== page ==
Group Wants to Know How Many More Illegal Hoarding Sites Go Unchecked in San José
For Immediate Release:
July 26, 2013
Sophia Charchuk 202-483-7382
San José, Calif. — In response to news that a house fire killed all but seven of some 100 cats—most of them locked in cages and unable to flee—in the San José home of animal hoarder Carole Miller, PETA has sent a letter urging city officials to expand their planned task force for addressing future hoarding cases to include an immediate and thorough review of any past complaints about residents harboring more than the five adult animals legally allowed by San José’s city code.
In its letter, the group stresses the importance of stopping anyone who is hoarding animals over the legal limit from harboring the animals and points to Miller’s case: Although officials inspected her property, they didn’t enforce the five-animal limit. As a result, nearly 100 cats burned to death in Miller’s home while trapped inside plastic carriers and wire crates. According to news sources, neighbors reported hearing the trapped animals screaming as they were burned alive.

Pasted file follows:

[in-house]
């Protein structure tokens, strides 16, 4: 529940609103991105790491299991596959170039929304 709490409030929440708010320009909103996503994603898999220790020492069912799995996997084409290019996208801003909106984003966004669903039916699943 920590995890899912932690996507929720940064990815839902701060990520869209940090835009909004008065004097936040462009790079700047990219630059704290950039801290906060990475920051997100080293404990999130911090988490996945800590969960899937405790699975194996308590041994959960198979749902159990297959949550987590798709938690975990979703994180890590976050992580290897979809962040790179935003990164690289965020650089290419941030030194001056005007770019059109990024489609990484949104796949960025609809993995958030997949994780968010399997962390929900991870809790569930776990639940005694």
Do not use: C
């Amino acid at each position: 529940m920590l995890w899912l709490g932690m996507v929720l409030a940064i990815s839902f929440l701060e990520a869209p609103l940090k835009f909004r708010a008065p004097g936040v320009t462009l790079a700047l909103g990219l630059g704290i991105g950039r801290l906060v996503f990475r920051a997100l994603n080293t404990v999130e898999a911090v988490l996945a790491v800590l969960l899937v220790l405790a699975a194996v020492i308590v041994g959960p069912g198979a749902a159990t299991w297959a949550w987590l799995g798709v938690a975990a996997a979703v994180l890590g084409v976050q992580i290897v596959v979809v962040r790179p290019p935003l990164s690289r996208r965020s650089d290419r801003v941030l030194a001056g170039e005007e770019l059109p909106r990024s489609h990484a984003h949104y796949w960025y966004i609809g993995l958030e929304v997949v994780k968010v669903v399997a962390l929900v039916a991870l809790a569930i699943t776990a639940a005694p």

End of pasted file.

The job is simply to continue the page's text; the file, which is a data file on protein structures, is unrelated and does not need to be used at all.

“The city of San José has laws in place that should have prevented almost 100 caged cats from being burned to death in a hoarder’s house fire, unable to flee as their plastic crates melted onto their bodies,” says PETA Senior Vice President of Cruelty Investigations Daphna Nachminovitch. “PETA is calling on city leaders to inspect their records immediately to determine if any more hoarding operations have been swept under the rug. If so, the city has a duty to shut them down right now.”
PETA has sent the City of San José Animal Care & Services a packet of information on how to combat hoarding, including a guide for prosecutors, judges, and law-enforcement agents and a presentation on the prevalence of and psychological motivations for hoarding.
For more information, please visit PETA.org.